The Encyclopedia Americana (1920)/James, William (psychologist)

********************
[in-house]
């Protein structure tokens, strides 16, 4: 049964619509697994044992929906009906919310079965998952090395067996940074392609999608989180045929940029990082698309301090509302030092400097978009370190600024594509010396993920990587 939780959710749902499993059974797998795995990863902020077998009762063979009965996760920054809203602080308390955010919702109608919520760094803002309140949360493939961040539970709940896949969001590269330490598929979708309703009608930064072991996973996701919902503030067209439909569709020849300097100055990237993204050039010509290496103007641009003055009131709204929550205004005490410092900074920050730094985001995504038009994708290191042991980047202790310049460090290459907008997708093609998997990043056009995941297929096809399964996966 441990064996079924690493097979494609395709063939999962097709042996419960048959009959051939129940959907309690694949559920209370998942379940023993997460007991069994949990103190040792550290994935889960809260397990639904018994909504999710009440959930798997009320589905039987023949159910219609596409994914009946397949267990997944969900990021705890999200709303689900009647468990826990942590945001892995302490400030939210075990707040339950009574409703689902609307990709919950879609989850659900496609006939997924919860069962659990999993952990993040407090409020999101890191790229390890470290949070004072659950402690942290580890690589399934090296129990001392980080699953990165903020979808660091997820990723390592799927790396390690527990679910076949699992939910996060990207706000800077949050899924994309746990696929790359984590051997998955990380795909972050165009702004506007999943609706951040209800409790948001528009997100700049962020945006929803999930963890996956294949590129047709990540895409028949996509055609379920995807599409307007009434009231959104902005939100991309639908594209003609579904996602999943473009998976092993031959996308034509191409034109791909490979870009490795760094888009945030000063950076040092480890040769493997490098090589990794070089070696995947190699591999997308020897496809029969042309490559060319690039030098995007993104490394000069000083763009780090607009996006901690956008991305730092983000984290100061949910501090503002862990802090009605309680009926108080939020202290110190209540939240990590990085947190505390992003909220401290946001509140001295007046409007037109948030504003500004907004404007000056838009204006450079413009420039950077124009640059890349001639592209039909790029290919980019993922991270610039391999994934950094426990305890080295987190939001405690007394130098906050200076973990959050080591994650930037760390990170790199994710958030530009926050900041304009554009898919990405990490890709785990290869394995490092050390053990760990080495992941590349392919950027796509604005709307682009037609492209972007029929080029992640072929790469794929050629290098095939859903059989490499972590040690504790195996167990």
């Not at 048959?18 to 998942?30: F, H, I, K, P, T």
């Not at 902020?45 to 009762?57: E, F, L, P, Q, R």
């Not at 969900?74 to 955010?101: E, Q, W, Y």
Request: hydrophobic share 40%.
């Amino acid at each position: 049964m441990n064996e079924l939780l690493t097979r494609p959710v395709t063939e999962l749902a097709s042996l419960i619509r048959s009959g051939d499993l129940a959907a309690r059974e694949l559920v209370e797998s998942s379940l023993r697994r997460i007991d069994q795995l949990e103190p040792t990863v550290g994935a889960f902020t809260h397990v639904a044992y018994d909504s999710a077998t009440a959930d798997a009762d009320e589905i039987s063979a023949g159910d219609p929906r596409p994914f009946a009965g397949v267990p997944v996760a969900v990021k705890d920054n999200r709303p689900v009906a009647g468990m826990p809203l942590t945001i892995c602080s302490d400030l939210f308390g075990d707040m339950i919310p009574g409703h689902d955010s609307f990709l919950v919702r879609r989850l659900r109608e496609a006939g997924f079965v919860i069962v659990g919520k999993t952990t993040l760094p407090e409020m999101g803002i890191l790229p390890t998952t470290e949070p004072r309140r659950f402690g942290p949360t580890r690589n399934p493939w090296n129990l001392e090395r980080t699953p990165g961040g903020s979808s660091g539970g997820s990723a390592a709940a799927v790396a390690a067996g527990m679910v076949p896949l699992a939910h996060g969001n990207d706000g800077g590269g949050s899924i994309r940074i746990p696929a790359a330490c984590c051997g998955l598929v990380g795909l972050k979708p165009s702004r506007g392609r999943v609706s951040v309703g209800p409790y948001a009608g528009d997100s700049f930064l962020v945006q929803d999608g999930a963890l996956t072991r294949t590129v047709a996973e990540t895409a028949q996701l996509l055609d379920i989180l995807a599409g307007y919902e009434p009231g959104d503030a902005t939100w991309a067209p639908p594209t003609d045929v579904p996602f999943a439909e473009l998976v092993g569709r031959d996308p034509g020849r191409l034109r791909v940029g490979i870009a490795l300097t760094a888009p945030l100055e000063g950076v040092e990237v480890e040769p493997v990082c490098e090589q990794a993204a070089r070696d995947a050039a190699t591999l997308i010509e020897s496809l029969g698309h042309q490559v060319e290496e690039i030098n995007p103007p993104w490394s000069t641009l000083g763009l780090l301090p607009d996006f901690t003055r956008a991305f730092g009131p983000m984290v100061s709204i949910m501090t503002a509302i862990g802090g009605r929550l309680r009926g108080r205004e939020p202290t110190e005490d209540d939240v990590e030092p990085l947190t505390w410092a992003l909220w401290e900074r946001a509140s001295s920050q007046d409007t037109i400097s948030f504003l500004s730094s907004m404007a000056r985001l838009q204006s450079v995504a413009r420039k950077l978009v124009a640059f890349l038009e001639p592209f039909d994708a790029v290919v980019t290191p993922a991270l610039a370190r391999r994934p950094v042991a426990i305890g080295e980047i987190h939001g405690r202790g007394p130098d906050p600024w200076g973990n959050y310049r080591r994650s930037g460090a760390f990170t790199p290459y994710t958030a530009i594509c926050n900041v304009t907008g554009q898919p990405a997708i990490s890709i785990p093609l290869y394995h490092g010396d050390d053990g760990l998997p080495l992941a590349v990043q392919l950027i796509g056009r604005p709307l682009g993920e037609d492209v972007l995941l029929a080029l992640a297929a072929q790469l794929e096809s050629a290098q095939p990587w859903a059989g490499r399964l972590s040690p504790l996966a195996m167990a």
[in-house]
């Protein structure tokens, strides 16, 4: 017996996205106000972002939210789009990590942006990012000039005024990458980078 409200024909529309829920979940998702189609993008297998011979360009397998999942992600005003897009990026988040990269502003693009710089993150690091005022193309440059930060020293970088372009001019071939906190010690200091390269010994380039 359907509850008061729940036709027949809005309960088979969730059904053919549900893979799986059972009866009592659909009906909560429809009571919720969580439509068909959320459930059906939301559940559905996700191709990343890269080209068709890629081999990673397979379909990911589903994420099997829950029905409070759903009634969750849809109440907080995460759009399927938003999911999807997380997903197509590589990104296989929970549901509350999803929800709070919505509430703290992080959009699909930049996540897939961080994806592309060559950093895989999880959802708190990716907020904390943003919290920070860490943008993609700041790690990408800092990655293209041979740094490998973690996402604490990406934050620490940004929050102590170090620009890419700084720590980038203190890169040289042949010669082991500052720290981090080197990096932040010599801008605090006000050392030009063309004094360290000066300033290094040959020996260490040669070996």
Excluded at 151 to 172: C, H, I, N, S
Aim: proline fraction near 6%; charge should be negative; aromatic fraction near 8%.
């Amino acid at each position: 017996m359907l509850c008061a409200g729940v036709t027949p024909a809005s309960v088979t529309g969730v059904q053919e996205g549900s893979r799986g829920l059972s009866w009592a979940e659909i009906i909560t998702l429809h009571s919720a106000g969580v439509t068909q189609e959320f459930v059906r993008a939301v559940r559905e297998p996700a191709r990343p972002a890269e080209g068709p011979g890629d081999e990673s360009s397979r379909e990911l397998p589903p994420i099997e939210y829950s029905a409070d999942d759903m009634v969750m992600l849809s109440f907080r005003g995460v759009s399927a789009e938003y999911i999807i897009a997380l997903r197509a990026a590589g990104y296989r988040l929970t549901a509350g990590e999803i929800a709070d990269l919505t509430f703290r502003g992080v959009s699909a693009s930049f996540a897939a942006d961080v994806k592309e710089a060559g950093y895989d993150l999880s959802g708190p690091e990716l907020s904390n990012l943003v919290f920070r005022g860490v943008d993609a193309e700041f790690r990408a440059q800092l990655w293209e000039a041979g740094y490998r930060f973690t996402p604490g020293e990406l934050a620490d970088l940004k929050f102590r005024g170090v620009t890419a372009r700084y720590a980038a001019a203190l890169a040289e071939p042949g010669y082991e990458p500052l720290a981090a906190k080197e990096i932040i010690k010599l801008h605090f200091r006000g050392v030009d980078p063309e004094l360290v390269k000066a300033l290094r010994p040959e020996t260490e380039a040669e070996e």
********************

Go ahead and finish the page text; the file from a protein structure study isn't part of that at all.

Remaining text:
JAMES, William, American psychologist and philosopher: b. New York, 11 Jan. 1842; d. Chocorua, N. H., 26 Aug. 1910. He was the son of Henry James, theologian, and brother of Henry James, novelist. He was educated in New York and abroad, studied in 1861-63 at the Lawrence Scientific School of Harvard University, accompanied the Thayer expedition to Brazil in 1864-65, was graduated from the Harvard Medical School in 1870, in 1872 was appointed instructor in anatomy and physiology at the school, and in 1876 assistant professor of physiology. In 1885 he was appointed assistant professor of philosophy in the university, in 1889 professor of psychology, and subsequently professor of philosophy. He was Gifford lecturer on natural religion in the University of Edinburgh (1899-1901); Lowell Institute lecturer (1906); and Hibbert lecturer on the modern status of philosophy at Manchester College, Oxford (1909). His best-known work was done in the domain of analytical psychology, in which he won European recognition. His works are marked by a most readable style and skilful exposition of different topics, notably “radical empiricism” and “pragmatism.” He was a founder of the American Society for Psychological Research in 1884, and published ‘Principles of Psychology’ (1890); and ‘Psychology, Briefer Course’ (1892), both popular textbooks; ‘The Will to Believe’ (1897); ‘Human Immortality’ (1898); ‘Talks to Teachers on Psychology’ (1899); ‘The Varieties of Religious Experience’ (1902); ‘Pragmatism’ (1907); ‘A Pluralistic Universe’ (1909); ‘The Meaning of Truth’ (1909); ‘Memories and Studies’ (1911); ‘Some Problems of Philosophy’ (1911); ‘Essays in Radical Empiricism’ (1912). Consult ‘Essays Philosophical and Psychological in Honor of William James, by his Colleagues at Columbia University’ (London 1908); Flournoy, Th., ‘The Philosophy of William James’ (New York 1917); Knox, H. V., ‘Philosophy of William James’ (London 1914); Royce, J., ‘William James, and Other Essays on the Philosophy of Life’ (New York 1911).